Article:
6. Australian Open Round 2: Laura Robson beat Petra Kvitova, 2-6 6-3 11-9
As soon as the draw for the Australian Open was made, fans of Laura Robson began licking their lips. For it evoked memories of Robson’s last Major, the US Open, where she overcame first one Grand Slam champion, Kim Clijsters, and then another, Na Li, to advance to the fourth round.
This time, Robson was lined up to meet the 2011 Wimbledon winner Petra Kvitova in the second round in Melbourne, a match all the more intriguing for their similar qualities—both big-hitting left-handed games.
By the time they took to court, it was 8.30 in the evening and a still debilitating 34oC, and both took a while to find their rhythm. Robson made the worst possible start to their first ever meeting, losing four straight points on her own serve to concede an immediate break—but the Czech lost her opening game, too.
Many rallies were determined by outright winners or unforced errors, and Kvitova had the slight advantage on both counts: 14 winners to 12 errors. But she broke Robson again in the seventh game and, despite some loose serving—including four double faults—and facing six break points, she served out the set after more than 10 minutes of trying, 6-2.
Still there was little rhythm and flow to the tennis. Robson held her opening game, but could not take advantage of two break points in the next. Still they hit many more errors than winners, as game after game went to deuce, but Robson made the first break, and struck a couple of screaming forehand returns of serve to break again. She served out the set, 6-3.
It would come down to the third, and what a third it was—the entire match encapsulated in one long set.
Kvitova served first, which would become a lifeline for the Czech an hour later. She held the opening game, through deuce, and then attacked the Robson serve with a change of tactics, rushing the net and forcing the break. Kvitova held to love to lead 3-0, but Robson halted the flow as the Kvitova range evaporated again, and she broke back. And so it continued, see-sawing to 4-4. From now on, any slip could cost the match.
Kvitova looked close to tears as she served in the 11th game, and Robson broke. Only an immediate break back would save the match—that lifeline of serving first—and Kvitova did.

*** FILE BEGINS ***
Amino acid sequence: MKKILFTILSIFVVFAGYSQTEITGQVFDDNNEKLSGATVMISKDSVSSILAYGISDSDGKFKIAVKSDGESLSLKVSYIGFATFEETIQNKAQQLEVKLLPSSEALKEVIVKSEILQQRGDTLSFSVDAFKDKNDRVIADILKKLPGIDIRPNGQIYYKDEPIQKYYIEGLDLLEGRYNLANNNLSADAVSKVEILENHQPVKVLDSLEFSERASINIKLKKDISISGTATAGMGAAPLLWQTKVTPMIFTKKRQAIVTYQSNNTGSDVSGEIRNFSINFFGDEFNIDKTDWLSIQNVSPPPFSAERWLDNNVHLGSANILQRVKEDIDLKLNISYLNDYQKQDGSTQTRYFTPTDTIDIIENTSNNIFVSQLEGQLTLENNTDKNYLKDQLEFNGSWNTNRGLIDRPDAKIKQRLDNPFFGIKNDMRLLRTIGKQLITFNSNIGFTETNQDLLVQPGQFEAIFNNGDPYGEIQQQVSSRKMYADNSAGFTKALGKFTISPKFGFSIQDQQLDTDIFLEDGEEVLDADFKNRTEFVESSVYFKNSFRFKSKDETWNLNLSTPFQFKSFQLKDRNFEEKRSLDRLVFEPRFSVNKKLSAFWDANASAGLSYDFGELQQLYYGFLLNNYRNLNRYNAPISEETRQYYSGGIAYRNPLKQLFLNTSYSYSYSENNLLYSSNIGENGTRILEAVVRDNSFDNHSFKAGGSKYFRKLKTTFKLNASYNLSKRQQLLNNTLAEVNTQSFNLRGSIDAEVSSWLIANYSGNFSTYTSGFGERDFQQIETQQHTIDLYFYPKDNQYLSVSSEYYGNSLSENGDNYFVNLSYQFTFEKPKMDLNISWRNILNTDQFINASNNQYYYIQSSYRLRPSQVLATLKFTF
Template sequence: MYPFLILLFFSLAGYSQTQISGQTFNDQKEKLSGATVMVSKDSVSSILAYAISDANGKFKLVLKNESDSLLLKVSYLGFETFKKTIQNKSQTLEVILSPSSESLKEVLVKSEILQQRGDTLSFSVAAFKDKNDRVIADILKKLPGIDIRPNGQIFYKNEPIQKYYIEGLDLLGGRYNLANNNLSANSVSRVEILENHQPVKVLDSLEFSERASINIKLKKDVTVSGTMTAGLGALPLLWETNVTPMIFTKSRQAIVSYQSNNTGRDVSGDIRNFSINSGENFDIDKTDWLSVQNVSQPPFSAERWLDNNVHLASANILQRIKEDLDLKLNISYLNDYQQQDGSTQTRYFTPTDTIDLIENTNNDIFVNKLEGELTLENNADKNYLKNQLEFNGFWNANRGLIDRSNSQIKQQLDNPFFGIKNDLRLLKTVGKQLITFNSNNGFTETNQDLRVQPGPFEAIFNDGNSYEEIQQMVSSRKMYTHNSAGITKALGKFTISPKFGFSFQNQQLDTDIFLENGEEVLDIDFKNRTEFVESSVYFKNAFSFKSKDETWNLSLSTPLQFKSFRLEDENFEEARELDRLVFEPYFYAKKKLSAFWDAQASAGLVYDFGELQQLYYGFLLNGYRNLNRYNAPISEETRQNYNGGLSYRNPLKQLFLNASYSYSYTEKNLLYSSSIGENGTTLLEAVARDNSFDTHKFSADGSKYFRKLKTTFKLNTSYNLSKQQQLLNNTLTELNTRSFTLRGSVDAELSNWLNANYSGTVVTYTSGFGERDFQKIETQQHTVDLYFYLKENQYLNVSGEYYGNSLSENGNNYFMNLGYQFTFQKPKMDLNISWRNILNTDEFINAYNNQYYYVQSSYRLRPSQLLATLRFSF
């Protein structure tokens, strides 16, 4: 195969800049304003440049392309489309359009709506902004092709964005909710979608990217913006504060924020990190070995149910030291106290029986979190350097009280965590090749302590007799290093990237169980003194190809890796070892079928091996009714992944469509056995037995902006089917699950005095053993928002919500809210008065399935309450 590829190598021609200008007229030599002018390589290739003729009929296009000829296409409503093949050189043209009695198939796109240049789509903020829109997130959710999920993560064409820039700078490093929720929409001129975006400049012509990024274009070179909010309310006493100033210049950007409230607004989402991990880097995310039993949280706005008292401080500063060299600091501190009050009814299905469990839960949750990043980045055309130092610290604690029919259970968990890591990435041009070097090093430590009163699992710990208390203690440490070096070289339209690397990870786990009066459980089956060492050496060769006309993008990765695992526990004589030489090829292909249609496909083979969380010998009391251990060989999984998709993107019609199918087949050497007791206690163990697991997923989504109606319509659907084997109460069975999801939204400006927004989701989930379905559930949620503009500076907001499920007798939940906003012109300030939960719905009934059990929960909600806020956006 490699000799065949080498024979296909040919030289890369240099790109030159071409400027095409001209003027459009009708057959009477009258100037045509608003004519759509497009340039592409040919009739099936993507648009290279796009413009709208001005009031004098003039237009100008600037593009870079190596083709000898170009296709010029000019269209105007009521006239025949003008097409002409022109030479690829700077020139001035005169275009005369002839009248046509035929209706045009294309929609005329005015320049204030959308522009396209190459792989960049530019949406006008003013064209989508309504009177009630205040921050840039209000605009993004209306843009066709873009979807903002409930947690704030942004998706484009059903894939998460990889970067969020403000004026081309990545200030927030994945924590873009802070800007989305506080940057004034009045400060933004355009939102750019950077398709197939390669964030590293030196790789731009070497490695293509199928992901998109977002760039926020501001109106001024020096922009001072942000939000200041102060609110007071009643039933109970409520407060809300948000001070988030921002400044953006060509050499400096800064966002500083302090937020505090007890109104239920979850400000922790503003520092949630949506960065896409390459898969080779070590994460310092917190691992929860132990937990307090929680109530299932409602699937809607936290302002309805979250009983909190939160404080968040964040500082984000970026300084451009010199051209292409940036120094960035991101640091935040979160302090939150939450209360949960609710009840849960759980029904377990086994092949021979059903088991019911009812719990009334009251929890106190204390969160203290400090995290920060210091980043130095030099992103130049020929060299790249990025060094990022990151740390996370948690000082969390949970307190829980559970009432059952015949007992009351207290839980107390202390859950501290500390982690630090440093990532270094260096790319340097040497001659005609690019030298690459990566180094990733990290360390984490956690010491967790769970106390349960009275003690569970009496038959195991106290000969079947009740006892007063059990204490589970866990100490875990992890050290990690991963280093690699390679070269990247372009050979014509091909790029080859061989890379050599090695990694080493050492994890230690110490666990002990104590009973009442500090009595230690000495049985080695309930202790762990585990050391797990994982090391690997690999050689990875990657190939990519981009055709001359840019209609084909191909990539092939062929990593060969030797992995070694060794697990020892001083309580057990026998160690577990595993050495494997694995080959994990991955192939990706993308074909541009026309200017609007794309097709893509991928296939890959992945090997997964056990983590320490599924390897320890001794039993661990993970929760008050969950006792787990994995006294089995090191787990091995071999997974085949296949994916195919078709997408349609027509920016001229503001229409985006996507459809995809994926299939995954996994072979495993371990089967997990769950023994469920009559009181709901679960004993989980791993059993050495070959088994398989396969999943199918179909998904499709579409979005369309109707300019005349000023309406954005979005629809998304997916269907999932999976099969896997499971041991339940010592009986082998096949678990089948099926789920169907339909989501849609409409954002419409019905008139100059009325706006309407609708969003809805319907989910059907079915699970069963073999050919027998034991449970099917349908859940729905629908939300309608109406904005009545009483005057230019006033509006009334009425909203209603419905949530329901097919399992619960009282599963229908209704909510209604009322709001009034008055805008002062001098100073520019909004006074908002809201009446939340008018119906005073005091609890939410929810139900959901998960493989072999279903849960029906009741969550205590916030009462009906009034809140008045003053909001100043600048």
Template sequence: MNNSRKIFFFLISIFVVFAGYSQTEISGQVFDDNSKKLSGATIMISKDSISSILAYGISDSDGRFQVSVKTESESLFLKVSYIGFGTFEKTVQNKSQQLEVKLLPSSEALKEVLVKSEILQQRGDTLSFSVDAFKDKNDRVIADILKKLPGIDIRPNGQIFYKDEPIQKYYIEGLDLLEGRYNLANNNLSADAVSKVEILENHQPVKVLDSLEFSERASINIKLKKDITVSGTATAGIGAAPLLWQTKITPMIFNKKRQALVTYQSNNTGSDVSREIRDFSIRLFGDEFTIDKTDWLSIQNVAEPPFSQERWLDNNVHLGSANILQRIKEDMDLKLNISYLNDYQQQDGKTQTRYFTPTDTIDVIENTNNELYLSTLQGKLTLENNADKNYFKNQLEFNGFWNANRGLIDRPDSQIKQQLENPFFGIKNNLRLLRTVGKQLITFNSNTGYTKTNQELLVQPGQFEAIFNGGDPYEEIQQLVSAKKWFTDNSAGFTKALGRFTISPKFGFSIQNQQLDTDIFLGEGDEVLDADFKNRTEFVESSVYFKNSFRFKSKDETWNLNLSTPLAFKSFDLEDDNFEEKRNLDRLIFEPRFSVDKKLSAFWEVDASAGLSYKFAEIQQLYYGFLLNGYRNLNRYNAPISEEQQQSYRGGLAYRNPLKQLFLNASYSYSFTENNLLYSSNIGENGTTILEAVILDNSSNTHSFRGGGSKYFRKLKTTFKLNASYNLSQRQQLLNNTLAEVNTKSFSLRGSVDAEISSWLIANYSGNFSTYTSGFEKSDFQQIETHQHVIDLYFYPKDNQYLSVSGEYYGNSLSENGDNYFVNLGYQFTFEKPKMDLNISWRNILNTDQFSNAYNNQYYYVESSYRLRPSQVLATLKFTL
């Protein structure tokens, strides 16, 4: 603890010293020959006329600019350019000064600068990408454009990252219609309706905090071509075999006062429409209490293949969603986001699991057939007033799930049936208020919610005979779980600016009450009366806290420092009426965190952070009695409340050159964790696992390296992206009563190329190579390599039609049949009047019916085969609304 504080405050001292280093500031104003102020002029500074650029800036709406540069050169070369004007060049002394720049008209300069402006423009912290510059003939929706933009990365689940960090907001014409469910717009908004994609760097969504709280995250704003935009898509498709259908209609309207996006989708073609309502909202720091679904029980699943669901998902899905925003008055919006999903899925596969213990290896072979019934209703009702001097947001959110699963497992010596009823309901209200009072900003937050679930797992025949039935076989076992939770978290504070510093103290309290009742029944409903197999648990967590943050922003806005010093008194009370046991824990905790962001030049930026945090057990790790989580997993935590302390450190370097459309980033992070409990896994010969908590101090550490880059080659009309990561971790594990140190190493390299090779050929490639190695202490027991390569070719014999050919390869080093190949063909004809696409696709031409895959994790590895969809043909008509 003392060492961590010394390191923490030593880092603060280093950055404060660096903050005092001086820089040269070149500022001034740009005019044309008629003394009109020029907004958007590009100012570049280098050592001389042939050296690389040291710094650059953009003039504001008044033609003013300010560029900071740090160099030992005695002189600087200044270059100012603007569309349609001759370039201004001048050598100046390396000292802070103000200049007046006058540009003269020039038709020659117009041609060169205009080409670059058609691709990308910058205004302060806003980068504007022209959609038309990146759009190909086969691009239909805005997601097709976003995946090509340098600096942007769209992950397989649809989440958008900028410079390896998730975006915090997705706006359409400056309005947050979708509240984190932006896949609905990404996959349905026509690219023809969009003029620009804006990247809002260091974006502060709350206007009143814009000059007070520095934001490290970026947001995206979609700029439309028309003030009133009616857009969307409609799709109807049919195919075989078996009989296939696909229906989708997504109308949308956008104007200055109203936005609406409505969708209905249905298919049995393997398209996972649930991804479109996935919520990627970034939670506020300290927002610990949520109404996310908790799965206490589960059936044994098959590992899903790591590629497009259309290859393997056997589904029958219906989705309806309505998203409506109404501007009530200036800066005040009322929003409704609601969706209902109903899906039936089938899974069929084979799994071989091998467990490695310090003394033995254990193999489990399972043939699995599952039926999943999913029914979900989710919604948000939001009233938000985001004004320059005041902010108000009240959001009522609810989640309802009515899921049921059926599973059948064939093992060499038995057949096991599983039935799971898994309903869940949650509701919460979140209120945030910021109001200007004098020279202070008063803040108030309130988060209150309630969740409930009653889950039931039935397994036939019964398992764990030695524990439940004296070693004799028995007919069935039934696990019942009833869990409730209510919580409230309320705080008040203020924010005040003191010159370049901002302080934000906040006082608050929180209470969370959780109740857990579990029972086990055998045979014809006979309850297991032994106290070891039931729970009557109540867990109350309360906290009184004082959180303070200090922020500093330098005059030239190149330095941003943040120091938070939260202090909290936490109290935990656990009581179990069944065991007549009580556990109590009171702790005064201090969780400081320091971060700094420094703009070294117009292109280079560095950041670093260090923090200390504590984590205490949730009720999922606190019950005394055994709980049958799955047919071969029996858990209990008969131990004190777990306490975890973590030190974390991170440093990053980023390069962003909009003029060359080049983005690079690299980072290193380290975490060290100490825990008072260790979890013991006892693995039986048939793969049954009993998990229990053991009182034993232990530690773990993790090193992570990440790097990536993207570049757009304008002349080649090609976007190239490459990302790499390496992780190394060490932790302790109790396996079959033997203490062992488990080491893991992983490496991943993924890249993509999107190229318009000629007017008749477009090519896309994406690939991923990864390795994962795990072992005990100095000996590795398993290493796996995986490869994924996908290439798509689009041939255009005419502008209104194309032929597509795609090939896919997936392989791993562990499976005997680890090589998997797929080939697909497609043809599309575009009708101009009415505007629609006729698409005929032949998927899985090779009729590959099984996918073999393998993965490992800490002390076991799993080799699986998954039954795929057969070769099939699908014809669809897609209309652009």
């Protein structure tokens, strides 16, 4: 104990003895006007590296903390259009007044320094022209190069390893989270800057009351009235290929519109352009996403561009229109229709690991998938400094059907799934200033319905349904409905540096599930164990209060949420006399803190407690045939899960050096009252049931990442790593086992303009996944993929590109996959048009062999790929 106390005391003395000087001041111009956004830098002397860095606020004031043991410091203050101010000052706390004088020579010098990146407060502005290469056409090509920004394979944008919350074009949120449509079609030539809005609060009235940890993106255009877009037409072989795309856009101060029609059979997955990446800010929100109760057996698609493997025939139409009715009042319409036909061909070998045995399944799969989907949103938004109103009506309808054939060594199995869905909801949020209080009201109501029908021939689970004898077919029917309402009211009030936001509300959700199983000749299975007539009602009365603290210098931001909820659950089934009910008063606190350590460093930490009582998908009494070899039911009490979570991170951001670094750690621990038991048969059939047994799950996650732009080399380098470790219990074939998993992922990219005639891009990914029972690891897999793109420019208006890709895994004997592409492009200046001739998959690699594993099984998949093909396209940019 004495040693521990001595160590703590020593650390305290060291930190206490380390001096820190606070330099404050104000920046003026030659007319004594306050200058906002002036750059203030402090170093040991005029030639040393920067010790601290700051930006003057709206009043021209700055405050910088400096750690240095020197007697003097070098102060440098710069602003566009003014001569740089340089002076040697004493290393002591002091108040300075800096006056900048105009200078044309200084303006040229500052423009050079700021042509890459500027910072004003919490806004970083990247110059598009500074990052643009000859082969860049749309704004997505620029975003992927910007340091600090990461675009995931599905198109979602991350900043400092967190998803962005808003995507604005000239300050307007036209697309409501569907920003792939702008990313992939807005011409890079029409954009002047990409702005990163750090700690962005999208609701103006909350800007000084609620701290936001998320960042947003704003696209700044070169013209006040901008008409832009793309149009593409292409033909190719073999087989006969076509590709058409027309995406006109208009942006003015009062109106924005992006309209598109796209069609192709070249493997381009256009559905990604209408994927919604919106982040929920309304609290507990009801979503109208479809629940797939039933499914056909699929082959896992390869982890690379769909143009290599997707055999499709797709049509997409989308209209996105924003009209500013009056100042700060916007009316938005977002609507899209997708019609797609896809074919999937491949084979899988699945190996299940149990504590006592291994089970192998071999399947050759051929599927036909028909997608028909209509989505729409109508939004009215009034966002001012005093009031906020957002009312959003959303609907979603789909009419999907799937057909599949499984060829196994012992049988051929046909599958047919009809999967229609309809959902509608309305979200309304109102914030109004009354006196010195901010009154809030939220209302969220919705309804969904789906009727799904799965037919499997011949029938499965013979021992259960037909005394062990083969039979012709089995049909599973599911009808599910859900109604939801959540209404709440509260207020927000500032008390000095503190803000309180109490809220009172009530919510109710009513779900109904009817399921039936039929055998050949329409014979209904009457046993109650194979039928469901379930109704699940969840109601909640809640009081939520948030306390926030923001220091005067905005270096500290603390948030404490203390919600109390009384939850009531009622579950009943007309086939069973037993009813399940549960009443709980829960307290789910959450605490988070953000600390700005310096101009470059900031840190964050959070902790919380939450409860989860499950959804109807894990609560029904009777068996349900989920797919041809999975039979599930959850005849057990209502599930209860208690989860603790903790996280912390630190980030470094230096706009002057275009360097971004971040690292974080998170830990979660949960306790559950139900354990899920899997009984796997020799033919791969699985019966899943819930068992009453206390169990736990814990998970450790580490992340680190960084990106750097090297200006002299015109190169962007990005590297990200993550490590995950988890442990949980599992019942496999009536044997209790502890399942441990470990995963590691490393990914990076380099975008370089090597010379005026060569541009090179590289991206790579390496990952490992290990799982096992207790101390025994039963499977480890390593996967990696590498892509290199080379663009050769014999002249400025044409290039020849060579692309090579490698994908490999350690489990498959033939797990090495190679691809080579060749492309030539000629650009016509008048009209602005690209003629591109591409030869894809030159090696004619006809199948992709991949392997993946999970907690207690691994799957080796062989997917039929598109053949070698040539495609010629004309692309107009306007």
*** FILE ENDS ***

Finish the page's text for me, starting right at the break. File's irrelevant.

It was midnight, it was 6-6, and it would take eight more games in a 94-minute set for the match to resolve. Eventually the chance would come from the Robson forehand, a sizzling return of serve down the line to break for a 10-9 lead. This time, Robson would not falter, she found four first serves, and the coolest woman in the arena had downed yet another Grand Slam champion, 11-9.
Robson would not win another match until Miami, not reach another third-round until Madrid—where she knocked out her next top-10 player, Agnieszka Radwanska—but she broke the top 30 after Wimbledon and was seeded for the first time in a Grand Slam at the US Open.
By the end of the year, though, with several changes of coach in her wake, she was back to No44. Like the woman she beat back in January, consistency has been an elusive quality—but Kvitova found the key, just as Robson will hope to do in 2014.
5. Wimbledon quarter-final: Agnieszka Radwanska beat Na Li, 7-6, 4-6, 6-2
There were countless upsets along the way to the women’s quarter-finals of the 2013 Championships. In the bottom half, No3 seed Maria Sharapova and seven more seeds were beaten by Round 2, and No2 seed Victoria Azarenka had withdrawn.
In the top half, eight seeds had lost by the same stage and the favourite for the title, Serena Williams, was sent packing in the fourth round. But two big names did survive to set up what proved to be the quarter-final of the tournament between the highest remaining seeds.
No4 Radwanska—the woman in 2012 who had pushed Williams to three sets in the final—took on No6 seed Li, 2011 Roland Garros champion and finalist at the Australian Open. Both hugely popular, Radwanska has the kind of nimble, crafty, all-court game to open up weaknesses in the strongest of opponents, while Li boasts tennis for the purist—strong, clean and crisp ground strokes, played with elegance and precision.